By Katie Kerwin McCrimmon
Sicker patients have prompted Denver Health to ask for a 17.5 percent hike next year in health insurance rates while the biggest carrier in western Colorado, Rocky Mountain Health Plans, is working to keep rates flat in high-cost resort counties.
Denver Health proposed the biggest increase among carriers in Colorado, while other insurance companies proposed modest increases. New Health Ventures, which markets plans called Access Health Colorado, proposed a 22 percent cut in rates while the Colorado HealthOP wants to cut rates by about 10 percent overall.
For Denver Health, new patients entering the system necessitated the proposed increase.
“We are taking care of really sick patients,” LeAnn Donovan, executive director of managed care for Denver Health, said in a written statement. “This requires more health care resources in terms of medical staff, medications and testing. The proposed rate increase will help us cover these costs while allowing us to continue to provide high quality comprehensive care.”
Donovan said Denver Health is known for providing quality care to patients with complex medical problems. Denver Health has declined to say what percentage of the market it captured through health exchange sign-ups, but Donovan said Denver Health offers a lot of bang for the buck.
“Denver Health’s 2015 rates are still very competitive and in a lot of cases offer more services at a lower cost than other plans,” Donovan said.
In western Colorado, Rocky Mountain Health Plans dominates the Grand Junction market and has been one of the few carriers to offer health insurance in ski resort areas and other parts of western Colorado where health costs traditionally have been much higher than elsewhere in the state.
Colorado’s resort region that includes Aspen, Vail, Glenwood Springs and Summit County had the distinction of being the costliest place in the nation to buy health insurance in 2014.
Steve ErkenBrack, president of Rocky Mountain Health Plans, isn’t promising sharp drops in costs overnight in the resort areas. But Rocky Mountain is trying to keep insurance premiums flat in western Colorado while allowing people to keep their doctors and continue to go to the hospitals where they are accustomed to getting care.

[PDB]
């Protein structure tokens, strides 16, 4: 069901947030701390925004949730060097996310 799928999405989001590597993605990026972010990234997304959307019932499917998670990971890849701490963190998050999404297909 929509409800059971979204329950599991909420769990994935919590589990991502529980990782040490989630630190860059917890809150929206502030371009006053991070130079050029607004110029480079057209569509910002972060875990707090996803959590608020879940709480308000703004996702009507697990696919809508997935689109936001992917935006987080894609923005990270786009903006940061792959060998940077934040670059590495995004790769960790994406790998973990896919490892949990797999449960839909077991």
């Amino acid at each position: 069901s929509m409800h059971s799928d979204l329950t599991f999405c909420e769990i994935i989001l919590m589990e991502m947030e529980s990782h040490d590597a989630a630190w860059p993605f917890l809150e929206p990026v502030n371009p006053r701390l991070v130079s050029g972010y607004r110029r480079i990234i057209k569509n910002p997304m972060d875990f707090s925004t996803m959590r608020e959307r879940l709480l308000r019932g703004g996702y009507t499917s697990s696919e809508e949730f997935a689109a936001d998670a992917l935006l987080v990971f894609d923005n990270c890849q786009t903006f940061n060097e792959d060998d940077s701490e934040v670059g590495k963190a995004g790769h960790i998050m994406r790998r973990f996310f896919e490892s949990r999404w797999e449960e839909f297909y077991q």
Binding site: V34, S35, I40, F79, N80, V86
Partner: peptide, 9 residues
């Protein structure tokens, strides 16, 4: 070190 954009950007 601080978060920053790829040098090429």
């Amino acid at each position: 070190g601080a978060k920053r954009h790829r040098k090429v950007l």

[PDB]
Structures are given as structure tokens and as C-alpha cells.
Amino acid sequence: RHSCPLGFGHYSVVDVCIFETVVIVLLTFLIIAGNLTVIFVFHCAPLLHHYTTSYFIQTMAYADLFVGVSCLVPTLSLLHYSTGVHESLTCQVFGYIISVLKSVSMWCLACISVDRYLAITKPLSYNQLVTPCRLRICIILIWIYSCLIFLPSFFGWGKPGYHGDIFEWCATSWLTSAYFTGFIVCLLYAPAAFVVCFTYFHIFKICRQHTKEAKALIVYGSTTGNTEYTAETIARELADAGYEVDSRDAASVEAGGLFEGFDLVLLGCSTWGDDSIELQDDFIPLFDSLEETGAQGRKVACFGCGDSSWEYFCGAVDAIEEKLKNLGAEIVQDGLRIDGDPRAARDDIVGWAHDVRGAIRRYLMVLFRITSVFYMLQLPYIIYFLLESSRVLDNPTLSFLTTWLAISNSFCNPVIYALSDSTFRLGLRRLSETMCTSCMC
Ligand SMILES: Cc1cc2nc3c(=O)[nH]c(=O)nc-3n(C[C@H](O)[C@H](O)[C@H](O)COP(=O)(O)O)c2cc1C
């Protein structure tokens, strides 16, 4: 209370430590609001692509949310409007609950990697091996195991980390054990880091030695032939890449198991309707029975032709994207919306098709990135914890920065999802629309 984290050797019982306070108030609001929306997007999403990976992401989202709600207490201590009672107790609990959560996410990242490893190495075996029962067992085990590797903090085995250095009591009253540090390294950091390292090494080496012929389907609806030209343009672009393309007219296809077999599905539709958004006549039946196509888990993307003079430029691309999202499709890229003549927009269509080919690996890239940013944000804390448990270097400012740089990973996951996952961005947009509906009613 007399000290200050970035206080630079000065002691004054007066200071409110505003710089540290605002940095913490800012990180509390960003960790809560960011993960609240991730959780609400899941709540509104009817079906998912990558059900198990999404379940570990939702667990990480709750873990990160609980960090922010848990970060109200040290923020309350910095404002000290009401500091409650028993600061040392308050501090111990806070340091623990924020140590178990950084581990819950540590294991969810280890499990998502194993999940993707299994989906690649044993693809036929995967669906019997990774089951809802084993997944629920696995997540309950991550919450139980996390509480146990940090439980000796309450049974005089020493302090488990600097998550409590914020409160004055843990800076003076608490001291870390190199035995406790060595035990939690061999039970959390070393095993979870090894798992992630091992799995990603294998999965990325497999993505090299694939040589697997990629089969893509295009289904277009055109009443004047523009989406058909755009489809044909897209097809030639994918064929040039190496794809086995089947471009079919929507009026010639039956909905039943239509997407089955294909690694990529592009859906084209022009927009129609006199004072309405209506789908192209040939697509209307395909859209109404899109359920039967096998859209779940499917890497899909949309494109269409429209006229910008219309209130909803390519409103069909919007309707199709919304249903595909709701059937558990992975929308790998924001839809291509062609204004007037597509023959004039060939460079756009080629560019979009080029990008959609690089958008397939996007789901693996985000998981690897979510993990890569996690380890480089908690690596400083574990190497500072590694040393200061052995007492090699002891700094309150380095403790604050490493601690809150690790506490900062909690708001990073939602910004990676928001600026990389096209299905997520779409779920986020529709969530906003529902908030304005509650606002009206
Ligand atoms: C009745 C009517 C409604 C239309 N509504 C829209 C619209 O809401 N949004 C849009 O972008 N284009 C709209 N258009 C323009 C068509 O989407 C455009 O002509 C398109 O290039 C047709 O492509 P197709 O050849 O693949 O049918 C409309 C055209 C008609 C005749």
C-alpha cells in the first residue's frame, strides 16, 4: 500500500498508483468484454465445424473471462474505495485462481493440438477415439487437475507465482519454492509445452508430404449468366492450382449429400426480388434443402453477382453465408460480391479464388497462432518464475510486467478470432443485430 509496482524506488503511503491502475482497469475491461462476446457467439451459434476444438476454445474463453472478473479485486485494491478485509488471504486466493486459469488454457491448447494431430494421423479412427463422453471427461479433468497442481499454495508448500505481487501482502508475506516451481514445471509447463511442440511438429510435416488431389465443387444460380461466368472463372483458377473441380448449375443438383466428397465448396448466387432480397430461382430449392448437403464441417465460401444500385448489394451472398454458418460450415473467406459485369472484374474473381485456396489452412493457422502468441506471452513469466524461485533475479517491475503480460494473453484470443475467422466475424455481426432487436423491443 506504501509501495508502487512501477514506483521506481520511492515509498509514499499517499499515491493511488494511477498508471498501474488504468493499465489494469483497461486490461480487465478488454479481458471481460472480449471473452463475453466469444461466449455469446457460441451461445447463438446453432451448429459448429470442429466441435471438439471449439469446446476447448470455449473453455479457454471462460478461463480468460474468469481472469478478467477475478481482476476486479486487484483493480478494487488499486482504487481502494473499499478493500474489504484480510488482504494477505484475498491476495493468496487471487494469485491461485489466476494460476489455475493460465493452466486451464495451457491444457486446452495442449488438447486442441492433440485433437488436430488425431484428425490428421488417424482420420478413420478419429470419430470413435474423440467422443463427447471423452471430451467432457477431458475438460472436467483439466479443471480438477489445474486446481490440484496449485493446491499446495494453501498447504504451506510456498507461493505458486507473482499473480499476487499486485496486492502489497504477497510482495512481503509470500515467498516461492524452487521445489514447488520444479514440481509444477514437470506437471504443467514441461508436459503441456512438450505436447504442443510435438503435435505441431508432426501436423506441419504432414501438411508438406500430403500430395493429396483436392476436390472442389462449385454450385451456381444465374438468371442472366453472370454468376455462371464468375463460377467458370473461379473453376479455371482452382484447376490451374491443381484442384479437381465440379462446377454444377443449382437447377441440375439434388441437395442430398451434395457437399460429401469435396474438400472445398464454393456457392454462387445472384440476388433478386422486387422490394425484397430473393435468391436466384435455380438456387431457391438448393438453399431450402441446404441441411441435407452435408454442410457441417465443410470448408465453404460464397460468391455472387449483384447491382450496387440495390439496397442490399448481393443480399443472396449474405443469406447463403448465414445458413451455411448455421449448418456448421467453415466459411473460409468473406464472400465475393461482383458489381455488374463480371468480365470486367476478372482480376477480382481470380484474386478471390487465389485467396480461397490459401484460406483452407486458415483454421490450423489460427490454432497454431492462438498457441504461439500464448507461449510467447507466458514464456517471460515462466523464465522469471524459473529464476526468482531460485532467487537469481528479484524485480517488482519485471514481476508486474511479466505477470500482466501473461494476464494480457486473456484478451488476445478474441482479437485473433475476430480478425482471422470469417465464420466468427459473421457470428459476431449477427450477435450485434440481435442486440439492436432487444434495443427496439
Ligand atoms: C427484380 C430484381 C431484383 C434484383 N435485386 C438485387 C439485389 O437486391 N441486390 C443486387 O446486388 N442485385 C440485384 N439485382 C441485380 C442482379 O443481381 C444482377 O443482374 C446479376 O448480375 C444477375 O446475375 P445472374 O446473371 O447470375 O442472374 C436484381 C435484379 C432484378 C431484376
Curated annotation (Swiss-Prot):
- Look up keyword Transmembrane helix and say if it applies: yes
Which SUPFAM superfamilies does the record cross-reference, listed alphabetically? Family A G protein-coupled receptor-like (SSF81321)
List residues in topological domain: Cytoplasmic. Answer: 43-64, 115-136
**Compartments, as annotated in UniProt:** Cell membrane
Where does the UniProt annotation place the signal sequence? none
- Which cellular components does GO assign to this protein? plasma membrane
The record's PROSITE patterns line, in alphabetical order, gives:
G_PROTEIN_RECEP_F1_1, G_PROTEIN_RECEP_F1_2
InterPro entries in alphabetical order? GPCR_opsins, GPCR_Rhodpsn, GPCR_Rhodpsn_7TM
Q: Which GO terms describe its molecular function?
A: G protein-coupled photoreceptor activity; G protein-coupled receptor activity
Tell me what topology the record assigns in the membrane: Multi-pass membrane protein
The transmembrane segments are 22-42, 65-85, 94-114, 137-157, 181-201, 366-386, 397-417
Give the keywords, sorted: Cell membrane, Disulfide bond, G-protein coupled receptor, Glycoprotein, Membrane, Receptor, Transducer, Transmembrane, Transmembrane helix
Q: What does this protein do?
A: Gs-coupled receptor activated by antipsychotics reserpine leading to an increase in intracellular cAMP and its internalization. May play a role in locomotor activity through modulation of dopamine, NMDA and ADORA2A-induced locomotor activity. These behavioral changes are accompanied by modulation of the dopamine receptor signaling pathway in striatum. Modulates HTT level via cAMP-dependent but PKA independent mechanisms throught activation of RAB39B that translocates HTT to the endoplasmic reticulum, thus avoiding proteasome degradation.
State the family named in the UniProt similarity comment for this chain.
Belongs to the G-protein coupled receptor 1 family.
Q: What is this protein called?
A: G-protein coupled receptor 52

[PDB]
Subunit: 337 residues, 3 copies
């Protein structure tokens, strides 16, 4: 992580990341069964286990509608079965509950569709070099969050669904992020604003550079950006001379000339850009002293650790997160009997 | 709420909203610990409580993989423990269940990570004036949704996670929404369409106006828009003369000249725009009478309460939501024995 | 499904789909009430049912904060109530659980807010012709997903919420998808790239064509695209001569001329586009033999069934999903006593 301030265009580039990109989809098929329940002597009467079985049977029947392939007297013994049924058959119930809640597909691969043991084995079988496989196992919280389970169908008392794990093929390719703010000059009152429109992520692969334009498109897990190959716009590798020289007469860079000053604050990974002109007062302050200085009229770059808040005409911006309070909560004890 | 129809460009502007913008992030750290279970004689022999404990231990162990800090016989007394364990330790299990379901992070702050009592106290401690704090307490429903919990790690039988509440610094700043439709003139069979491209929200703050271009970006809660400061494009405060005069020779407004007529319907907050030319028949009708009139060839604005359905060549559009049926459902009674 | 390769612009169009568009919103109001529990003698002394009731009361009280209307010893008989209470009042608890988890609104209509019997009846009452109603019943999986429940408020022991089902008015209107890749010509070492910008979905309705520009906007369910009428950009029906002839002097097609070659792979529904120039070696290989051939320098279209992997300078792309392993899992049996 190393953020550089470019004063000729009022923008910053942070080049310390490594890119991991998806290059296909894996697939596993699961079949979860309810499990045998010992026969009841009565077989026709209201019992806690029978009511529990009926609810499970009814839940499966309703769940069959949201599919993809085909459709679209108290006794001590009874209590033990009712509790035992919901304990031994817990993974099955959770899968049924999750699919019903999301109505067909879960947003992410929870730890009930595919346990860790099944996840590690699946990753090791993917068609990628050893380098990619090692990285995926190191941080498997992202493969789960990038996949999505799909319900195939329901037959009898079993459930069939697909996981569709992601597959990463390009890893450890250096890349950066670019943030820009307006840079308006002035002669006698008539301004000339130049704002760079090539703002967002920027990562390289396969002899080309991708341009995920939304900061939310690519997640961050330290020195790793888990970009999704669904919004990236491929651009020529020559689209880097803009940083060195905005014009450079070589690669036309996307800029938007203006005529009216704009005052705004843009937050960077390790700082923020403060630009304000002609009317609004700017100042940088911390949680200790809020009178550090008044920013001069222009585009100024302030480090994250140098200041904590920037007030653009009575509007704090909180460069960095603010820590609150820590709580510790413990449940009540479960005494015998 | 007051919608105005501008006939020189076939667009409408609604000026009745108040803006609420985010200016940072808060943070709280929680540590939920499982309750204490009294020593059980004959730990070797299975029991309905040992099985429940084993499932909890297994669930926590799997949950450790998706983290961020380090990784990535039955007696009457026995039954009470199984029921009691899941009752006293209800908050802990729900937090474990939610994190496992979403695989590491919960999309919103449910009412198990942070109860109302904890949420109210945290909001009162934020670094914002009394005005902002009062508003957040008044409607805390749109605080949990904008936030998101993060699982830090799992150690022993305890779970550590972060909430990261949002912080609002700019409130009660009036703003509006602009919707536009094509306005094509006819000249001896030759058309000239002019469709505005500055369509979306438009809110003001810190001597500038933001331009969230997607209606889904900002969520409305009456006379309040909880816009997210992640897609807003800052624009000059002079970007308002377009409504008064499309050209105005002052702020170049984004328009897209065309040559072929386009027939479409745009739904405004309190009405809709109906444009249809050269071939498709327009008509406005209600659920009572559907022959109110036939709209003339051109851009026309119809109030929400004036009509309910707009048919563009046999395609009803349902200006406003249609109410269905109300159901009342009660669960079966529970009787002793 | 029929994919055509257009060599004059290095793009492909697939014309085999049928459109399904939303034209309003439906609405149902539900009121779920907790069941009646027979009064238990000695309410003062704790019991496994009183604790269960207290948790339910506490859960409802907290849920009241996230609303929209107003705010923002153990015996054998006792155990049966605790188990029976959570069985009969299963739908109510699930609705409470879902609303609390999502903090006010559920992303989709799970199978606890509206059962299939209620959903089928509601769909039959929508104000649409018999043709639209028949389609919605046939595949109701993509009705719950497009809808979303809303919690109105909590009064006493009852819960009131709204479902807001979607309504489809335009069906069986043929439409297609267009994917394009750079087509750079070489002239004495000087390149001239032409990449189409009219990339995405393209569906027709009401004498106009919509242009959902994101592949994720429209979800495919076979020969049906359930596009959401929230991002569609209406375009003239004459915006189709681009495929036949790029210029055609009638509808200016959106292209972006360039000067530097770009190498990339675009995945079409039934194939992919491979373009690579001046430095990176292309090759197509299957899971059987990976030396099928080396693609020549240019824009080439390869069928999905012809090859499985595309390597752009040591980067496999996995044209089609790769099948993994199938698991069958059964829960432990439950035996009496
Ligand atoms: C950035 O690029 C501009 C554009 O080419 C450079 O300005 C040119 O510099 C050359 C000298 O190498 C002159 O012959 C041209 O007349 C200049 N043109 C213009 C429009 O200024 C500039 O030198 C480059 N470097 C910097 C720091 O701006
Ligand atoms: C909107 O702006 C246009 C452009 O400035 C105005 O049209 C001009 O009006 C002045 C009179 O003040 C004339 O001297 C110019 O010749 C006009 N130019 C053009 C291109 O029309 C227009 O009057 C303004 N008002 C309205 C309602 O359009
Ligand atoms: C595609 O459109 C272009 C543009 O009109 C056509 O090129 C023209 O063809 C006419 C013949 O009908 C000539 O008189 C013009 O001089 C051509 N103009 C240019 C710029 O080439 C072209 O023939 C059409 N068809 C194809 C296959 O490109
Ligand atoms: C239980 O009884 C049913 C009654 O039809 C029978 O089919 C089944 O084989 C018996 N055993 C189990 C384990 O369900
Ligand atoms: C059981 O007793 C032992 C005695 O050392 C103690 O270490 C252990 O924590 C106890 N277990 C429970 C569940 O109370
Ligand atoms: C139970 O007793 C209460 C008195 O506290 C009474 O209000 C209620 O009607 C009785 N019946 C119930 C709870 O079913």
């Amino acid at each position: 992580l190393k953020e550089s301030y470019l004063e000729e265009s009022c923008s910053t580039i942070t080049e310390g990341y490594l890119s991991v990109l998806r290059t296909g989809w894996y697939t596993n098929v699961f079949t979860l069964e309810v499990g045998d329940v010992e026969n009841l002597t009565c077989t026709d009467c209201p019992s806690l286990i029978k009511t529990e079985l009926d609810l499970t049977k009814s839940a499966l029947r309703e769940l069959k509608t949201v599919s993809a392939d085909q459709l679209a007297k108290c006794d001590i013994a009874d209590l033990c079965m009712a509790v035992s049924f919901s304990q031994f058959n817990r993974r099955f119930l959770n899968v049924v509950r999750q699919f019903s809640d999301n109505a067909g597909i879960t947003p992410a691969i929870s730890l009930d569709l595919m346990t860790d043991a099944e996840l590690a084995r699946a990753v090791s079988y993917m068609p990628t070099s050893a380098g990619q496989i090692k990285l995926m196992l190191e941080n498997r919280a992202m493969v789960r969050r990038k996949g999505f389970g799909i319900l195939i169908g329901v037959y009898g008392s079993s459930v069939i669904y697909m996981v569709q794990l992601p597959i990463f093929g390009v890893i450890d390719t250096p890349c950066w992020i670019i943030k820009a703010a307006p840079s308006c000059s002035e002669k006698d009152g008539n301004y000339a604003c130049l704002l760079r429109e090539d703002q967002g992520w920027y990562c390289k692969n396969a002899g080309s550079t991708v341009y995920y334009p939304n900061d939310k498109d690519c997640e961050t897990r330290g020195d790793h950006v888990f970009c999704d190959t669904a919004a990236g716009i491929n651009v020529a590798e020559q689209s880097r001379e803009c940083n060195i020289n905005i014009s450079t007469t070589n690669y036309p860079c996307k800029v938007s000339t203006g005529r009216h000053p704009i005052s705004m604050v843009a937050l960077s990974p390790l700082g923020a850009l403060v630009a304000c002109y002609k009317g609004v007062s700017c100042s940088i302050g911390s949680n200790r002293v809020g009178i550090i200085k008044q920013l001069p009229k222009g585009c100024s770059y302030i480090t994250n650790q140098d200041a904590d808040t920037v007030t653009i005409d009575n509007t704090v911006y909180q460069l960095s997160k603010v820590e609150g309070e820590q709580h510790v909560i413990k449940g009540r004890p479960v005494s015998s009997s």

“Our focus has been: how do we get our neighbors in western Colorado to move from 2014 to 2015 without major price increases?” ErkenBrack said.
Overall, Rocky proposed an average premium cost increase statewide of about 3.1 percent. But ErkenBrack knows that doesn’t matter to consumers.
“They don’t care about the overall averages. They care about what they’re going to be paying for their doctor,” he said.
People who buy Rocky Mountain’s plans in Front Range communities could see modest increases while elsewhere costs should be comparable to this year.
“Pricing will stay flat in Delta and Montrose and other parts of western Colorado. The pricing in the resort communities will not be going up, but we’re going to have to see the utilization data,” ErkenBrack said.
In recent years, people in some resort counties either have used more health care or visited more expensive doctors and hospitals. And that has driven up both the overall cost of care and the cost of insurance.
ErkenBrack said bringing those costs down is a complex proposition that will take time. In recent years, before health reform began taking effect, double-digit premium hikes became the norm. ErkenBrack said it’s important to watch the data and tinker with prices gradually.
“It’s going to take time. Pricing is not a function of the insurance carriers. It’s a function of what the providers are going to charge,” he said. “Hopefully we’ll be able to continue to work with the providers and bring those rates down.”
While ErkenBrack did not want to comment specifically about other carriers’ proposed rates, he said consumers should be very careful about perusing what they’ll get for the money they spend. He said carriers are not wise to lure in thousands of new customers with low rates, then hit them with big premium hikes in future years.
“People aren’t served well by wild fluctuations in the rates,” ErkenBrack said. “This is a matter of looking at pricing, but also at quality. (At Rocky Mountain) we’re not going to sacrifice quality.”